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Drat!!!  I'm just about to cut a chunk out of a 'Pork Farms Original' Pork Pie purchased as part of a Tesco Home Delivery. No size or weight mentioned on the label but it's about 12 Oz. I'll limit myself to 1/4 of it for lunch, along with fresh Tomatoes, Cooked Beetroot, a few olives and one of those lovely big Polish pickled Gherkins that come in big jars.  I'll let you know what I think.

 

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@Socram   And @Stuart.C I’ve still got my Bayko set, although it’s not in its box anymore.  I loved playing with it  - my mum probably bought it from Bramleys.  I remember now that she did indeed sell knitting yarn and patterns....

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Re: Bayko.  I recall we had some too.

 

Re: Pork Farms Pies.  Finally found the size on the pack.  'Medium' 

It was Ok but no more. Crust fairly crispy, filling a bit dry and too finely cut for my taste. Not much flavour.  Not much by way of jelly.

 

phil m.  If you're ever in Westfield Street St Helens before 10:30 am there's a legendary shop called Burchall's which has people queuing every morning and always sells out of pies quickly.  I'm told they are Pork Pies... still hot.. though I've never tried one.

 

Another local firm called Pimblett's went out of business maybe ten years ago.  They made the usual.. 'Steak' pies with almost suicidal levels of pepper.. even for my taste, 'Meat and Potato.. often with added bits of bone..  etc.  They were resurrected as 'Pimmies Pies' by a former employee.  I visited his industrial unit when looking to buy Hot Pot for my 70th and left fully resolved never to knowingly eat anything produced there.  Appalling hygeine.   I purchased instead from another St Helens institution 'Cottoms', who clearly do understand hygeine and make a fine Hotpot, as well as lots of other goodies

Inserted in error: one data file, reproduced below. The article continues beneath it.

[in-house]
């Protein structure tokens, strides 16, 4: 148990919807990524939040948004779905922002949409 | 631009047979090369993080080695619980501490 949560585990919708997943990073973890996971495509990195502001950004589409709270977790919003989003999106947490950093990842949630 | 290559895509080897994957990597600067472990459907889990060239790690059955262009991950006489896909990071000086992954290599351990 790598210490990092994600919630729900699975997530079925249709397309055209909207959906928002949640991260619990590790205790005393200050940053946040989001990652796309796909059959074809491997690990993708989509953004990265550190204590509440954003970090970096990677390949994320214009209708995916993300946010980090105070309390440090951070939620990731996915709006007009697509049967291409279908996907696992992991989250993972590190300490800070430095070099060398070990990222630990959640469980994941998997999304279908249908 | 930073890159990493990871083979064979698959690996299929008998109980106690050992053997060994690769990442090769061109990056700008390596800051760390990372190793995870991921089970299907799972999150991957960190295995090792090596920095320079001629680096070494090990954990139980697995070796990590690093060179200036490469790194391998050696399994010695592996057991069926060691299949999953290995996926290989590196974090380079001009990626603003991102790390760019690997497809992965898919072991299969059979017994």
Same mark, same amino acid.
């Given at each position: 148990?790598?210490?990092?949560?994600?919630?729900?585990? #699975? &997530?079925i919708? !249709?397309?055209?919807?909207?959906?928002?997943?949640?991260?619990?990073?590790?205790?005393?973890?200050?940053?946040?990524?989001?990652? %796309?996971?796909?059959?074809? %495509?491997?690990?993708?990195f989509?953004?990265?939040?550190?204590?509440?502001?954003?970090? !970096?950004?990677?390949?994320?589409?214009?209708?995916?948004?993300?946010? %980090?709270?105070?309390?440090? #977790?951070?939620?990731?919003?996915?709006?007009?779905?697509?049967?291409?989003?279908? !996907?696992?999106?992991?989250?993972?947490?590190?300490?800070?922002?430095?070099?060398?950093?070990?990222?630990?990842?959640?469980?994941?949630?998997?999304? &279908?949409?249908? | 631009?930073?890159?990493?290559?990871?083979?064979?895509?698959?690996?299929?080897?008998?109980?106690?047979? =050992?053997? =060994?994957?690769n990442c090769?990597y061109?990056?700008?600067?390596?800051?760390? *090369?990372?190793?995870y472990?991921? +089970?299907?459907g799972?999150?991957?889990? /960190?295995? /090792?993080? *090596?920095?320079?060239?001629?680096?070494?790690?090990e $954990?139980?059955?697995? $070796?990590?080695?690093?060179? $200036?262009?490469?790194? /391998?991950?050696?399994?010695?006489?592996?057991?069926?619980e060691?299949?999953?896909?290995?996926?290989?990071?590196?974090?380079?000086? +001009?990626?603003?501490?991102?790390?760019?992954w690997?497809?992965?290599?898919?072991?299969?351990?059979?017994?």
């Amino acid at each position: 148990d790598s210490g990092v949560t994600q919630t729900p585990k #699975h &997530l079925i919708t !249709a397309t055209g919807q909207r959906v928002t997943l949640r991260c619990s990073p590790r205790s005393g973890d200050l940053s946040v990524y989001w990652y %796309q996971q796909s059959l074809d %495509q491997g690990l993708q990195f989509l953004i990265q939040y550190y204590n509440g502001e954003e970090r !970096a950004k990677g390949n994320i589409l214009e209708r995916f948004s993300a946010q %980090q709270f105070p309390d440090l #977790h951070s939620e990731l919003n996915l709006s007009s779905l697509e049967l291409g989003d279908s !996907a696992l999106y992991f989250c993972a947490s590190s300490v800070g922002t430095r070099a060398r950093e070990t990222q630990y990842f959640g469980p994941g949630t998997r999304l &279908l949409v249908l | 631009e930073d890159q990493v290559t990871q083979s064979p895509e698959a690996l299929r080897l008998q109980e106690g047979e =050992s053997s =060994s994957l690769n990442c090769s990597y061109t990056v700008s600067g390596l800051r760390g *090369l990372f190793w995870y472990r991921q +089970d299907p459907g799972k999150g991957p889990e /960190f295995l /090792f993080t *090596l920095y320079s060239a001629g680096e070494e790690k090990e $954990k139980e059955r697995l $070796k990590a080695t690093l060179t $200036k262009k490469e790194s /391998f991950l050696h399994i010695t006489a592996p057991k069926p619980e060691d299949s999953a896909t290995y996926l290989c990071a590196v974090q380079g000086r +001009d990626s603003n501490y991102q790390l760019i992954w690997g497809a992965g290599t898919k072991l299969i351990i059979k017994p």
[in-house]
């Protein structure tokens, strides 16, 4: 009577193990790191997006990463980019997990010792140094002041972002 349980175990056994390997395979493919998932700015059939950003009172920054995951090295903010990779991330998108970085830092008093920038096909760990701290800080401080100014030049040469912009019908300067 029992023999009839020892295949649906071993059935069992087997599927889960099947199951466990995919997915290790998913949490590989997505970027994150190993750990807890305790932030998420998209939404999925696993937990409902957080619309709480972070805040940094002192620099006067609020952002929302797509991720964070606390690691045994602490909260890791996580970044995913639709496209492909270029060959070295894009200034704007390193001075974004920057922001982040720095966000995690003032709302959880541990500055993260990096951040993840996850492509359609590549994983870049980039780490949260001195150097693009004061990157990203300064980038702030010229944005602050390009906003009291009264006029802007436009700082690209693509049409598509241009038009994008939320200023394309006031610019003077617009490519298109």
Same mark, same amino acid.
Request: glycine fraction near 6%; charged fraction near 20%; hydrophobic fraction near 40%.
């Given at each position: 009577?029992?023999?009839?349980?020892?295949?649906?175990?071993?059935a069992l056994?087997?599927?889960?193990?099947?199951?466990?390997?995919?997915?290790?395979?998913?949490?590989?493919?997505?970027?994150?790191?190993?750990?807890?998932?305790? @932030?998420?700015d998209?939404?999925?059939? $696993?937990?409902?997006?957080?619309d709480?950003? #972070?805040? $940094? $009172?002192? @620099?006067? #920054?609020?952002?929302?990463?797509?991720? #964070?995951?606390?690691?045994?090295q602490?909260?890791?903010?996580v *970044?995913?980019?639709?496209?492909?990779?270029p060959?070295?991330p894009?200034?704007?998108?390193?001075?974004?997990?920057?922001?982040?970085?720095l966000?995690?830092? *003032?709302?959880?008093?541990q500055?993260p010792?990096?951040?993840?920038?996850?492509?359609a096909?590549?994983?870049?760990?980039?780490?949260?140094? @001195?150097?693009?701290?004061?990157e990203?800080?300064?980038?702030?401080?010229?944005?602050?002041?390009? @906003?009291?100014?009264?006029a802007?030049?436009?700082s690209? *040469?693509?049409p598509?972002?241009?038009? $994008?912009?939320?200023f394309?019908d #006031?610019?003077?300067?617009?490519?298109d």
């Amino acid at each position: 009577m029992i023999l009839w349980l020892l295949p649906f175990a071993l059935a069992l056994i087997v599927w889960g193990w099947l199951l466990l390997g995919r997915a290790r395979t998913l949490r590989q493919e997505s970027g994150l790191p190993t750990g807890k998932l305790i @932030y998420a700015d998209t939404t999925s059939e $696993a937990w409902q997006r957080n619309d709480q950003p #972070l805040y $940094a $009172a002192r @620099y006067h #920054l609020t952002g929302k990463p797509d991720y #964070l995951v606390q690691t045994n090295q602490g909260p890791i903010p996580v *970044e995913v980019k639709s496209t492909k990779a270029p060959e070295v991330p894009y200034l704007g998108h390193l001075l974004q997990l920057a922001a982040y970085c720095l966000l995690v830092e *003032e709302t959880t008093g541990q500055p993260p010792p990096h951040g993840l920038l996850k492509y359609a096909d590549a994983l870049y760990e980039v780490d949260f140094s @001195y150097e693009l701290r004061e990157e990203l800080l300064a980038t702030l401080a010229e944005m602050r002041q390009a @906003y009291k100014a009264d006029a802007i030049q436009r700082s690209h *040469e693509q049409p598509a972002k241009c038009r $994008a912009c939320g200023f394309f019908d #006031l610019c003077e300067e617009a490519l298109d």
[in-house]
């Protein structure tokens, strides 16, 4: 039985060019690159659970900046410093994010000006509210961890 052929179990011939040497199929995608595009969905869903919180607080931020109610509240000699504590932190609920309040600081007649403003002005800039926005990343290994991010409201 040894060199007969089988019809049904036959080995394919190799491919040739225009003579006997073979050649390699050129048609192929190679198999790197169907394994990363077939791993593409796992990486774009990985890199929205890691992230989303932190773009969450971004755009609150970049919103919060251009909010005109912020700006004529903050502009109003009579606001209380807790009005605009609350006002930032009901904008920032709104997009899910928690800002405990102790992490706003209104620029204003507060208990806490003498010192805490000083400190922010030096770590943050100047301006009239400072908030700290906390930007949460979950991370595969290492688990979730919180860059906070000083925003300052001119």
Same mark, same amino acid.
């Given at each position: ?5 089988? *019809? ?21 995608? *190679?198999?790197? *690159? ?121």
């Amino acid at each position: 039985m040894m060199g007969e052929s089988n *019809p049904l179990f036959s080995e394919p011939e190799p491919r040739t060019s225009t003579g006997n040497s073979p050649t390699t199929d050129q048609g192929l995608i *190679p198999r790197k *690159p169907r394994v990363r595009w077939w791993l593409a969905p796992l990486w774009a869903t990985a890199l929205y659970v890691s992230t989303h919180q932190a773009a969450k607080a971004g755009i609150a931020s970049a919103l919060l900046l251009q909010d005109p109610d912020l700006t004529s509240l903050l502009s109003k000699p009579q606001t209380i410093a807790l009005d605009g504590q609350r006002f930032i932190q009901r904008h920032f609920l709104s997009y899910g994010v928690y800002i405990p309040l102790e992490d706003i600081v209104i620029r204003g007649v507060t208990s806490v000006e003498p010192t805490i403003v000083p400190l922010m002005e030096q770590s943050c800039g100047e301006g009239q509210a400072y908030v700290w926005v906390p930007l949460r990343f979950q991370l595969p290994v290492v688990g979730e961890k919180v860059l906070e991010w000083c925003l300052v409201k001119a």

I have noticed that many things sold as 'Pork' Pies here in the North West have fillings which are red.  Not the colour of cooked pork in my view and I'm not impressed.

 

Another thing they have up here is the 'Meat' Pie. Often similar looking to a Pork Pie but containing some brownish unspecified 'meat', with a distinctly 'offalish' taste.  Awful things. I've never been able to establish exactly what the 'meat' is that they contain.

 

On the upside we have Bolton based Greenhalgh's Bakery, whose pies are superb.  I'm particularly fond of their Steak and Ale.  Sadly for Nottstalgians the nearest branch to you is in Cheadle near Stockport.   https://www.greenhalghs.com/about-us/

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I remember Bayko because although I never had one myself, a cousin had a set and I was very impressed. I liked the idea that you constructed buildings by putting up scaffolding (almost scaffolding - the vertical steel rods) and then slotting the wall panels in between those rods. It seemed more realistic than any alternative I'd come across.

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I inherited a Bayko set from an older brother. It was fun to play with, but quite limited in what you could do with it. It quickly got discarded when Santa brought me a box of Lego one Christmas.

 

As for pork pies, modern mass-produced Pork Farms are tasteless compared to the old recipe. Nearest In taste I’ve found in supermarkets is Dickinson & Morris.